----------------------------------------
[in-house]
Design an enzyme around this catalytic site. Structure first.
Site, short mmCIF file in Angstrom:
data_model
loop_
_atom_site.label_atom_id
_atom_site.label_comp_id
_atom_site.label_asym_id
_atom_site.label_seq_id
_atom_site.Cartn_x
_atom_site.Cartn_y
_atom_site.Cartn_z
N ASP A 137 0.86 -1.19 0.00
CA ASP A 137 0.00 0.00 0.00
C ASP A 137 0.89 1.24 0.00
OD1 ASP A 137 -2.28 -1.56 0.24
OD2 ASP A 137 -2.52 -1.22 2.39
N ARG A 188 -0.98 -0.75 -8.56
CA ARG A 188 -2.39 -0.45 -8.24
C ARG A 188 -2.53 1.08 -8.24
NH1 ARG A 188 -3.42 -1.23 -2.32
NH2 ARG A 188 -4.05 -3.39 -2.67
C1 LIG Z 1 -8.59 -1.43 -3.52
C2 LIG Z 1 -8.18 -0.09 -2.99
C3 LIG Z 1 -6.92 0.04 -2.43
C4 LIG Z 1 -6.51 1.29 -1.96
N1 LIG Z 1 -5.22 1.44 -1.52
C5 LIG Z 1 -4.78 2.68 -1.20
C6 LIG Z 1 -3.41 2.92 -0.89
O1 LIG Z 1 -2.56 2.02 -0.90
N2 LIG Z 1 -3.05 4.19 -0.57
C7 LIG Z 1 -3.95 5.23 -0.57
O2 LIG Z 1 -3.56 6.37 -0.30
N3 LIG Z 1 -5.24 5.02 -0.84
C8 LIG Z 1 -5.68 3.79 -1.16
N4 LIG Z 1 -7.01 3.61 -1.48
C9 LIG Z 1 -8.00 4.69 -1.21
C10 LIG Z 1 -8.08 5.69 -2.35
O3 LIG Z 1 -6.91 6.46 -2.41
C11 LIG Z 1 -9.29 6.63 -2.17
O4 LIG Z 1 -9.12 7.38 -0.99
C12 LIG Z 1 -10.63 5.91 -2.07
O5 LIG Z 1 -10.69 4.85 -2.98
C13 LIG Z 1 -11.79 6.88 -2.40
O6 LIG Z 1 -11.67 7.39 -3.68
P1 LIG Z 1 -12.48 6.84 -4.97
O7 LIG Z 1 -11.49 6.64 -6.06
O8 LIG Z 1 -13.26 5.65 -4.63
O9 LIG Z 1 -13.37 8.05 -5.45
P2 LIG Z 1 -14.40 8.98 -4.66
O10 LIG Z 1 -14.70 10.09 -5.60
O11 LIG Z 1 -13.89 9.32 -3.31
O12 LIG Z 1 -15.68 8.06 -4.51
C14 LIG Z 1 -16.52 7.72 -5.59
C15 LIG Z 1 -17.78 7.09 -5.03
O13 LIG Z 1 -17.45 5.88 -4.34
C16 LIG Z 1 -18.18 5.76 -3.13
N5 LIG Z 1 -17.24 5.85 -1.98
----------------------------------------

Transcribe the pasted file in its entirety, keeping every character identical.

[in-house]
Design an enzyme around this catalytic site. Structure first.
Site, short mmCIF file in Angstrom:
data_model
loop_
_atom_site.label_atom_id
_atom_site.label_comp_id
_atom_site.label_asym_id
_atom_site.label_seq_id
_atom_site.Cartn_x
_atom_site.Cartn_y
_atom_site.Cartn_z
N ASP A 137 0.86 -1.19 0.00
CA ASP A 137 0.00 0.00 0.00
C ASP A 137 0.89 1.24 0.00
OD1 ASP A 137 -2.28 -1.56 0.24
OD2 ASP A 137 -2.52 -1.22 2.39
N ARG A 188 -0.98 -0.75 -8.56
CA ARG A 188 -2.39 -0.45 -8.24
C ARG A 188 -2.53 1.08 -8.24
NH1 ARG A 188 -3.42 -1.23 -2.32
NH2 ARG A 188 -4.05 -3.39 -2.67
C1 LIG Z 1 -8.59 -1.43 -3.52
C2 LIG Z 1 -8.18 -0.09 -2.99
C3 LIG Z 1 -6.92 0.04 -2.43
C4 LIG Z 1 -6.51 1.29 -1.96
N1 LIG Z 1 -5.22 1.44 -1.52
C5 LIG Z 1 -4.78 2.68 -1.20
C6 LIG Z 1 -3.41 2.92 -0.89
O1 LIG Z 1 -2.56 2.02 -0.90
N2 LIG Z 1 -3.05 4.19 -0.57
C7 LIG Z 1 -3.95 5.23 -0.57
O2 LIG Z 1 -3.56 6.37 -0.30
N3 LIG Z 1 -5.24 5.02 -0.84
C8 LIG Z 1 -5.68 3.79 -1.16
N4 LIG Z 1 -7.01 3.61 -1.48
C9 LIG Z 1 -8.00 4.69 -1.21
C10 LIG Z 1 -8.08 5.69 -2.35
O3 LIG Z 1 -6.91 6.46 -2.41
C11 LIG Z 1 -9.29 6.63 -2.17
O4 LIG Z 1 -9.12 7.38 -0.99
C12 LIG Z 1 -10.63 5.91 -2.07
O5 LIG Z 1 -10.69 4.85 -2.98
C13 LIG Z 1 -11.79 6.88 -2.40
O6 LIG Z 1 -11.67 7.39 -3.68
P1 LIG Z 1 -12.48 6.84 -4.97
O7 LIG Z 1 -11.49 6.64 -6.06
O8 LIG Z 1 -13.26 5.65 -4.63
O9 LIG Z 1 -13.37 8.05 -5.45
P2 LIG Z 1 -14.40 8.98 -4.66
O10 LIG Z 1 -14.70 10.09 -5.60
O11 LIG Z 1 -13.89 9.32 -3.31
O12 LIG Z 1 -15.68 8.06 -4.51
C14 LIG Z 1 -16.52 7.72 -5.59
C15 LIG Z 1 -17.78 7.09 -5.03
O13 LIG Z 1 -17.45 5.88 -4.34
C16 LIG Z 1 -18.18 5.76 -3.13
N5 LIG Z 1 -17.24 5.85 -1.98